Pablo Valcárcel is based in Madrid where he teaches entrepreneurship, mentors startups and writes speculative fiction. You can follow his musings on mortality, Scrum for writers, and haunting songs on Twitter @awakedreamer.
Q: Is there a specific environment you find most conducive to drawing, and is it different for different kinds of scenes?
A: All my drawing is done indoors at the convenience and privacy of my home. I’ll either be creating on the sofa, in bed or at my desk. It mostly has to do with being in a calm and happy state of mind.
Danos Philopoulos‘s image “Escape” is the cover art for our June 2019 issue.
Matthew has lived in seven states and has worked in advertising, film and commercial production, and information management. He has been publishing fiction since 1990. When not writing, he is a musician and sound engineer in Minneapolis, where he lives with his daughter.
Q: What is the hardest part of writing for you?
A: Is The Entirety of the Revision Process an acceptable response?
I was famous in my workshops for being a “Blank Page Reviser,” meaning I stripped my stories down to nothing when even the fewest amount of revisions were suggested. Even this story, “The Memory Dresser,” has been rewritten from a blank page at least five times. I thought this strategy demonstrated my dedication, my perfectionism, and a mind brimming with new ideas. While all of those might be true, I feel it also speaks to a deeper truth: revision requires an objective form of self-analysis which is difficult to practice. It means knowing the difference between writing a bad scene and having low self-esteem, or a good scene and an inflated ego.
I think a lot about the Dunning-Kruger Effect, or: “the more you know, the more you know you don’t know.” For me, this is the crux of the paradox of revising. The more I write, the more keenly aware of my writing deficiencies I become, the less confident my writing becomes, the worse it gets. Essentially, my self-confidence was much higher when I was much worse. This, I don’t think, is fair.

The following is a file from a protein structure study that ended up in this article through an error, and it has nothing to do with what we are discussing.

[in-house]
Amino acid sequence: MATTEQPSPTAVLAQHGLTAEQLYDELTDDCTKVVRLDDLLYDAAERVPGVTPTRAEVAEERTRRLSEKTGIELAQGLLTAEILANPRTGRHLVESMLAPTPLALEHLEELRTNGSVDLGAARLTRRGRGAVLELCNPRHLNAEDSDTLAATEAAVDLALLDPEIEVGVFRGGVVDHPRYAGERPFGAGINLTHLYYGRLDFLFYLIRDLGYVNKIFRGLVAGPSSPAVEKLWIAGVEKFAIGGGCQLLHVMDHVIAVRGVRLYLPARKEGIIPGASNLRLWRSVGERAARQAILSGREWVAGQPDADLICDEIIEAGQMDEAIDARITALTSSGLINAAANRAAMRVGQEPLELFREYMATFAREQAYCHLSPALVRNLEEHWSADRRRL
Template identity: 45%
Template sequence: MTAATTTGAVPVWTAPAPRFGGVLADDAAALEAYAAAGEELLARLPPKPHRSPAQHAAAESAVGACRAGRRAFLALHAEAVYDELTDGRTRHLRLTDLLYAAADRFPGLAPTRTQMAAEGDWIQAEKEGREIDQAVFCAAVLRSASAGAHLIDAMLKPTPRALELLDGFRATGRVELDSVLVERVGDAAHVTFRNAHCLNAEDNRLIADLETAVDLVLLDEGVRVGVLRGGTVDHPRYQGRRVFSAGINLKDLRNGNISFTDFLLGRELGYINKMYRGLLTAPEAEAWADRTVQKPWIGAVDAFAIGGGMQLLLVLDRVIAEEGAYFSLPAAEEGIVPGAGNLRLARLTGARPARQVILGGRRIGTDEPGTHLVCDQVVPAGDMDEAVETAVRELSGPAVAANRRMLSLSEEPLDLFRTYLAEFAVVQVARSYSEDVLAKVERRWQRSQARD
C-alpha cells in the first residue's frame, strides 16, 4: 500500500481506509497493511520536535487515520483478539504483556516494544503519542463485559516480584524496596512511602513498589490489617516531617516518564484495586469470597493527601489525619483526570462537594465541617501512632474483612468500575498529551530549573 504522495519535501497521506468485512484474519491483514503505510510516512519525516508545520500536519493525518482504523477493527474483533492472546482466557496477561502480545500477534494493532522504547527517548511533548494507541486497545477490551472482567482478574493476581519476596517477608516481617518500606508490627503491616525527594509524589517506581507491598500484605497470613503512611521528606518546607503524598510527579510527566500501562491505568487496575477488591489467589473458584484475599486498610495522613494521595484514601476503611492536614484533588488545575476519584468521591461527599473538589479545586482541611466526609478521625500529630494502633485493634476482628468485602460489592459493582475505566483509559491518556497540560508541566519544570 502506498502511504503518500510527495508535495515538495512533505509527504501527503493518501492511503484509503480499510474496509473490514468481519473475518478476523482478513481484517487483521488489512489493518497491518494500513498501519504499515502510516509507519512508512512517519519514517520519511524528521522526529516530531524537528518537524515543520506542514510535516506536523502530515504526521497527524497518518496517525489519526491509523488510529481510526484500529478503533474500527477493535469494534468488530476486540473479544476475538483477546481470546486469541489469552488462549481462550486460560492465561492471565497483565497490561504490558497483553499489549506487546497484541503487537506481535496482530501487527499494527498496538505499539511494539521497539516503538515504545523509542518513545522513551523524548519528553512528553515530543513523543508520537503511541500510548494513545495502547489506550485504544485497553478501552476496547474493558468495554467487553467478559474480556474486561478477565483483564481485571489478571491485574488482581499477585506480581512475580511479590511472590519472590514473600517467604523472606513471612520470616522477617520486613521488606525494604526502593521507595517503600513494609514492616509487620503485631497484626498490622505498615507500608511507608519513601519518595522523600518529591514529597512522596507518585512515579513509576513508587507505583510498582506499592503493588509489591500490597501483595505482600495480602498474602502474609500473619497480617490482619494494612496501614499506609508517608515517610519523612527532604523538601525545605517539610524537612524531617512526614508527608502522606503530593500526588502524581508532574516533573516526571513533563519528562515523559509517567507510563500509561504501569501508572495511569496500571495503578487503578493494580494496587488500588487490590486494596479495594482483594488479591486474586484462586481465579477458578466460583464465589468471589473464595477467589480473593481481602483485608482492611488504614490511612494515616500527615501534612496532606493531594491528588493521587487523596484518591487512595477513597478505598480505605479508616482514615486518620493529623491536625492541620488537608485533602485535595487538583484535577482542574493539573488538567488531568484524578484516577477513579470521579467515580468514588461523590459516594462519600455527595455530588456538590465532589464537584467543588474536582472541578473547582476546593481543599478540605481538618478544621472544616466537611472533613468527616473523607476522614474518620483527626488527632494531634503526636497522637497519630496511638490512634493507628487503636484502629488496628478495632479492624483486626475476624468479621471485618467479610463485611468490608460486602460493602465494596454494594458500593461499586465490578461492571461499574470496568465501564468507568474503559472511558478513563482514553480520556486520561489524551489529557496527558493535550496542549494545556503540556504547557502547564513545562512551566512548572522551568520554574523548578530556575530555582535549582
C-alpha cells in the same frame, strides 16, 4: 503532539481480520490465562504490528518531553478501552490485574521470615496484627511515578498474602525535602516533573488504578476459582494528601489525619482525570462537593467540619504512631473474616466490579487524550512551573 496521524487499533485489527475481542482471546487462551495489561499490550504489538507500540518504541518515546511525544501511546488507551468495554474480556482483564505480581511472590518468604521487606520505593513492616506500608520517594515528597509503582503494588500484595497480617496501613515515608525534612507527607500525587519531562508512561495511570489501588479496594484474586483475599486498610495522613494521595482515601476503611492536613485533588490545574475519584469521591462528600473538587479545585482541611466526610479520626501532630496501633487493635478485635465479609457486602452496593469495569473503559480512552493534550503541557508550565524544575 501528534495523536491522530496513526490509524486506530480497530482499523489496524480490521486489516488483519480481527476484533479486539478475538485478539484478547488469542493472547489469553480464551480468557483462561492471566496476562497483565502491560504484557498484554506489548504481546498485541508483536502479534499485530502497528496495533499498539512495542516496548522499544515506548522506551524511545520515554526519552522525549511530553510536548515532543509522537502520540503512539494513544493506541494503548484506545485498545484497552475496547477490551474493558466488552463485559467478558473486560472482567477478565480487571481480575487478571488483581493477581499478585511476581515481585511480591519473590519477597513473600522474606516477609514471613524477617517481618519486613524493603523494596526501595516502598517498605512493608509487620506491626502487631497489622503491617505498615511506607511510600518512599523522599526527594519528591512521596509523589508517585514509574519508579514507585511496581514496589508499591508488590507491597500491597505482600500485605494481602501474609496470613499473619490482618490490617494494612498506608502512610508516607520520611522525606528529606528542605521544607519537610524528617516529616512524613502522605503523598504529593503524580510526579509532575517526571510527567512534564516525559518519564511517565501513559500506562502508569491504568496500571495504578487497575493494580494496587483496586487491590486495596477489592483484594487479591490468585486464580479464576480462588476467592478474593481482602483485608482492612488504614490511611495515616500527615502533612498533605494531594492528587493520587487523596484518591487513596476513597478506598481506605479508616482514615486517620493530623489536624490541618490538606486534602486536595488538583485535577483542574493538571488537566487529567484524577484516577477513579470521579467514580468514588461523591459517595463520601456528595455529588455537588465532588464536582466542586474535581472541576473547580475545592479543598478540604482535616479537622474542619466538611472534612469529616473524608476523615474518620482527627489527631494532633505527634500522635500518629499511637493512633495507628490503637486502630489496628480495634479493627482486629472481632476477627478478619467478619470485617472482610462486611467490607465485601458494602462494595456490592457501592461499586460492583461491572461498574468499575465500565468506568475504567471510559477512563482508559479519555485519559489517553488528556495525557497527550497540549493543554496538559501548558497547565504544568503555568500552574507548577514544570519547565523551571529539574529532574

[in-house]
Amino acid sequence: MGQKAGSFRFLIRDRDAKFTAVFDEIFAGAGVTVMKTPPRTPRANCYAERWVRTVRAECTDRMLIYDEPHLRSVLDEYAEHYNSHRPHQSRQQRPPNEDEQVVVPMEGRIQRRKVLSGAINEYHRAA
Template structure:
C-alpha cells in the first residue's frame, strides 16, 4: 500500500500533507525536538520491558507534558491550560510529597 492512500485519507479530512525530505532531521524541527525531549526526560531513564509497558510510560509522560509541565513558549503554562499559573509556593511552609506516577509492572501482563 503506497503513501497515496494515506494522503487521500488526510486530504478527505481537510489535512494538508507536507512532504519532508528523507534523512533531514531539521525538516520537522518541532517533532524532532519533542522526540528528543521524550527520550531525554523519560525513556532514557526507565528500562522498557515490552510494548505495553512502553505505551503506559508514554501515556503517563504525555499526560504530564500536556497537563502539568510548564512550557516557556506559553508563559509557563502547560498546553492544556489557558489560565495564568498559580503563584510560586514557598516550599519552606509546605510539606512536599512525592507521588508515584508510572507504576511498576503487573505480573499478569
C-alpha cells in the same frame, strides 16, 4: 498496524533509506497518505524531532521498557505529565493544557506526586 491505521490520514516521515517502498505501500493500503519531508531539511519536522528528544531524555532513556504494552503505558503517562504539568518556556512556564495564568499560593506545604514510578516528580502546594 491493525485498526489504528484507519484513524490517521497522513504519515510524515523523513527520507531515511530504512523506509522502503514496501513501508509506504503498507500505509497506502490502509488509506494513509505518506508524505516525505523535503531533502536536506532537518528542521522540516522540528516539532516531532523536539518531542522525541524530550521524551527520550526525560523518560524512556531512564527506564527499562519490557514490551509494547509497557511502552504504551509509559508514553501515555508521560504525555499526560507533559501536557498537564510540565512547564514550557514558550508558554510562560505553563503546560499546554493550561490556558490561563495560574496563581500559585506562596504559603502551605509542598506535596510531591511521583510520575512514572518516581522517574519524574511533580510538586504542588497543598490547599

And so I tinker, I dabble, I erase, I re-write and the more I do it, the worse I feel. Yet, here I am. Bulldozing and sawing and reimagining a perfectly acceptable painting of a shed until it looks like a boat, which is not better or worse—just different. Have you seen my boat? I ask. What happened to the shed? they ask. One moment, I say as I begin painting for them a fresh pterodactyl.
But, occasionally, in a moment of unexpected glory, I realize that the pterodactyl, not the shed or the boat, was what I had been trying for so long to create.
Danos is an artist based in Athens, Greece. He has created art and illustrations for children’s books, editorials, and comics, and created stop-motion and 3D animation videos. He has participated in many anthologies, most notably the anthology To End All Wars from Soaring Penguin Press that was nominated in two Eisner awards categories in 2015. In 2017, he completed his MA degree in Design.
Danos Philopoulos‘ image “Escape” is the cover art for our June 2019 issue.